12. Man, everythings changed since I was last here... we can like each other, now?

  13. Michael Westen. Burn Notice. In fact, Thorton's general character is far more like Westen than he is any of the Three Bs. That's not a bad thing, though: because Michael Westen is freakin' awesome. He's not one of "sauve/professional/aggressive" but rather "whatever my cover needs me to be" with a heaping of sarcasm and take-the-piss (akin to Thorton's "sauve", I guess) on top when he's being himself.
  14. Awesome news. Hopefully this'll clear up those few instances of actions leading to the wrong consequences (Embassy springs to mind)... and finally stop a certain someone hogging all the space on the boat.
  15. I found it interesting that the two gameplay elements he specifically singled out for praise were the skill-based system and the mini-games. And, yeah, am I weird for coming away from it thinking that it was -- overall -- a pretty positive review? I (perhaps incorrectly) got the impression he was implying at the end that he was going to replay it. Which is something of an endorsement in itself.
  16. How would you enable a player who was rubbish at stealth games to play a character who was a stealth expert, in that case? In a proper RPG -- and despite your protestations, that's what Alpha Protocol is -- you can't penalise the player (too much) for being rubbish at something that their character is amazing at.
  17. Heh. The hair and 5:00 shadow I gave Mike made him look like a dead ringer of Joshua Jackson (he of Dawsons and Fringe fame).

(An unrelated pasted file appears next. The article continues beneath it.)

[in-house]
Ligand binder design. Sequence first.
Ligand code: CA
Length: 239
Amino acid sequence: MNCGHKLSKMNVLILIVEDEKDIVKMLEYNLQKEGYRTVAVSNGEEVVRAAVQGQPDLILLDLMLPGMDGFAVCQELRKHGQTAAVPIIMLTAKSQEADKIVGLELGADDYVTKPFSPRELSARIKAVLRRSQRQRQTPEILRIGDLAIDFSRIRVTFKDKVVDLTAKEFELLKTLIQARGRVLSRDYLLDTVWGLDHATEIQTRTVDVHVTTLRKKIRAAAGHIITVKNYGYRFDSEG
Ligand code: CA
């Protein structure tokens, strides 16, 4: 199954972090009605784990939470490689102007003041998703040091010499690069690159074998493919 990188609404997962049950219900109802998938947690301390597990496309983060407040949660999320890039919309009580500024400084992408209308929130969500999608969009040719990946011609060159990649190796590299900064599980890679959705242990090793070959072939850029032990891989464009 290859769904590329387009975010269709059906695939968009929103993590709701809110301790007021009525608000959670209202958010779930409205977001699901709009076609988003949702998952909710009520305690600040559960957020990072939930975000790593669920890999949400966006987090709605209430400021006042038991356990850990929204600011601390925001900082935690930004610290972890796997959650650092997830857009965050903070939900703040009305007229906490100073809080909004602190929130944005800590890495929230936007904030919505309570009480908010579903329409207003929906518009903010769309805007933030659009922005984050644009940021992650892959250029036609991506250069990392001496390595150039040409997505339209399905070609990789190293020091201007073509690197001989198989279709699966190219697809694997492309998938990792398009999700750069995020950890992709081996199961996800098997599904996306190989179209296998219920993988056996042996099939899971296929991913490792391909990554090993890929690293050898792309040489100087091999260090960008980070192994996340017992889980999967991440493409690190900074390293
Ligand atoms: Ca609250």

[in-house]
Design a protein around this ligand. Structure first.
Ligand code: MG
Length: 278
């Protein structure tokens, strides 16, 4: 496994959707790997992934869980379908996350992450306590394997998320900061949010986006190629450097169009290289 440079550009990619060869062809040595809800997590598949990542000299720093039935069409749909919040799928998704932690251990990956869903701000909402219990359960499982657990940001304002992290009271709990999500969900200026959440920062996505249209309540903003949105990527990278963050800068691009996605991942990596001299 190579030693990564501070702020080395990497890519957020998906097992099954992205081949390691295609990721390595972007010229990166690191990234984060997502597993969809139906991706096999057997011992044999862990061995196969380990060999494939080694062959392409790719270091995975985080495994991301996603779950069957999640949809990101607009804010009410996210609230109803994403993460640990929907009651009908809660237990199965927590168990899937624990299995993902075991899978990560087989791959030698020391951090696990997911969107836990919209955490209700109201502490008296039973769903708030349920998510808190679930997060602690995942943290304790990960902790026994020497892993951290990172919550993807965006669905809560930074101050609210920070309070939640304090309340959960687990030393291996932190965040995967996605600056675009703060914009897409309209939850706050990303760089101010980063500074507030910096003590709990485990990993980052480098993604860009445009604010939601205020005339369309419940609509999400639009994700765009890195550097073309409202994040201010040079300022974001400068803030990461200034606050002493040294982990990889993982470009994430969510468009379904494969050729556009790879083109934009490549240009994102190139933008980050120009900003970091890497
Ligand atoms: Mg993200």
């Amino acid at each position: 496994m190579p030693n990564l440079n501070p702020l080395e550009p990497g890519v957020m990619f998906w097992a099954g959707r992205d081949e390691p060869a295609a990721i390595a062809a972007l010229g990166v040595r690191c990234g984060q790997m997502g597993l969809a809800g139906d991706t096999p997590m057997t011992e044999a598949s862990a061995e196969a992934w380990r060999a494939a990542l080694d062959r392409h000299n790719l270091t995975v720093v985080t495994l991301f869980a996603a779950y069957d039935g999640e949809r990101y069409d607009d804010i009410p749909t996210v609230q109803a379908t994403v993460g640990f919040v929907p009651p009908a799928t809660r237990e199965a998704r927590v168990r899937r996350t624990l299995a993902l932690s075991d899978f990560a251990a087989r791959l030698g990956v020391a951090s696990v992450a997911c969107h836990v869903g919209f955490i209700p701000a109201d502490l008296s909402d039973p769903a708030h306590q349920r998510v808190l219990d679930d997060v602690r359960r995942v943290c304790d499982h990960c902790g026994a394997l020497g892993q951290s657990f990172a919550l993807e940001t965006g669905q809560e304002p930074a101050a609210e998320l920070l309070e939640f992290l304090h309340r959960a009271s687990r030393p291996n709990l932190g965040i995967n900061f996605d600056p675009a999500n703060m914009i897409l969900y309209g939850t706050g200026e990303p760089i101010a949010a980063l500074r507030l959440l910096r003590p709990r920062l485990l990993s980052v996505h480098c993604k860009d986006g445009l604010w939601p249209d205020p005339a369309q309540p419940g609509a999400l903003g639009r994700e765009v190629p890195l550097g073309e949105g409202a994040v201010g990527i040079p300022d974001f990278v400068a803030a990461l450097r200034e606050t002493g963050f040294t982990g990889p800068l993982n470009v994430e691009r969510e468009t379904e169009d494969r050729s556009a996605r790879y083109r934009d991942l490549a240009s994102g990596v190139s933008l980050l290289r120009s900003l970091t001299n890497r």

18. The difficult part is going to be demonstrating the secret handshake... The Adirondacks are beautiful this time of year....
  19. Gah! Everyone's quoting the unedited version. :'( Oh well, I can take it on the chin.
  20. Yeah, I don't think he was trying to say that no-one's expectations were met.
  21. No, the actual literal meaning is that there is not a single person who had their expectations met. "Everybody" is a singular pronoun. It just looks like a plural one. Of course, it's incredibly pedantic to point that out, since we all know what Unskilled actually meant (what you say above)... but, technically, he was wrong. You can't say this game DID meet everybody's expectations and you can't (technically) say that it DIDN'T meet everybody's expectations. You can say, however, that it did not meet all expectations without anyone being able to nitpick at your choice of words. (since "all" is plural) EDIT: Because I kept saying "collective" instead of "plural". (facepalm)
  22. True. Neither are the PC sales in general, yet. It isn't looking too hot on the consoles, though. :'(
  23. Amentep: Well, whaddya know, someone who realises that "everybody" is actually -- despite appearances -- singular! Pedantry FTW. Orchomene: Fair dos.
  24. There is another problem here when we score this game. Comparison. I see multitudes of problem more in the original ME and Fallout 3 than I see in AP. Yet those games scored near/over 90. This kinda destroys the entire rating system. Makes it unreliable. Reviewers should rather just focus on pointing out good and bad points of a game rather than score it. It just doesn't add up. Oh, I agree. I much prefer reviews that aren't scored at all. Uh, you realise that I was saying that ME2 didn't raise CRPG standards, right? By virtue of it "streamlining" to the point that it was more shooter than RPG.
  25. Casting Jennifier Hale as the protagonist wouldn't really be the best idea, considering she's Fem!Shep. Though including her in an expansion or sequel, or whatever, would be sweet. I agree. Though, having seen the first week sales figures on VGChartz, my hopes for a sequel are diminishing somewhat. :| Too Human did better in its first week....